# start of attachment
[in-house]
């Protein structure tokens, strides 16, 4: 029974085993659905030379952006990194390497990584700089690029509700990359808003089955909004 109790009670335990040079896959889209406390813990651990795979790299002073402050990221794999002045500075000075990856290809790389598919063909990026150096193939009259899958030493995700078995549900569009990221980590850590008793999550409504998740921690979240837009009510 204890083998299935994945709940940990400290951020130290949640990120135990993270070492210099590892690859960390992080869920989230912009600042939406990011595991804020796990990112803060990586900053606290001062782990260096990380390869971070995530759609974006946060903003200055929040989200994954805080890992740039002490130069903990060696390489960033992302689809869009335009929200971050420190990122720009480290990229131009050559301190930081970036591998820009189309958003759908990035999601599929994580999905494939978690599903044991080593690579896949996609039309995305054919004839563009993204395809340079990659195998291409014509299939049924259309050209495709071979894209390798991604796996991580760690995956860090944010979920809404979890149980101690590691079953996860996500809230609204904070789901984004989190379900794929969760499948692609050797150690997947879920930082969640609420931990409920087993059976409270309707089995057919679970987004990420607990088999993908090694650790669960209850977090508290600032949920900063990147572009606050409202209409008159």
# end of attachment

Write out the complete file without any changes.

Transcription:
[in-house]
């Protein structure tokens, strides 16, 4: 029974085993659905030379952006990194390497990584700089690029509700990359808003089955909004 109790009670335990040079896959889209406390813990651990795979790299002073402050990221794999002045500075000075990856290809790389598919063909990026150096193939009259899958030493995700078995549900569009990221980590850590008793999550409504998740921690979240837009009510 204890083998299935994945709940940990400290951020130290949640990120135990993270070492210099590892690859960390992080869920989230912009600042939406990011595991804020796990990112803060990586900053606290001062782990260096990380390869971070995530759609974006946060903003200055929040989200994954805080890992740039002490130069903990060696390489960033992302689809869009335009929200971050420190990122720009480290990229131009050559301190930081970036591998820009189309958003759908990035999601599929994580999905494939978690599903044991080593690579896949996609039309995305054919004839563009993204395809340079990659195998291409014509299939049924259309050209495709071979894209390798991604796996991580760690995956860090944010979920809404979890149980101690590691079953996860996500809230609204904070789901984004989190379900794929969760499948692609050797150690997947879920930082969640609420931990409920087993059976409270309707089995057919679970987004990420607990088999993908090694650790669960209850977090508290600032949920900063990147572009606050409202209409008159």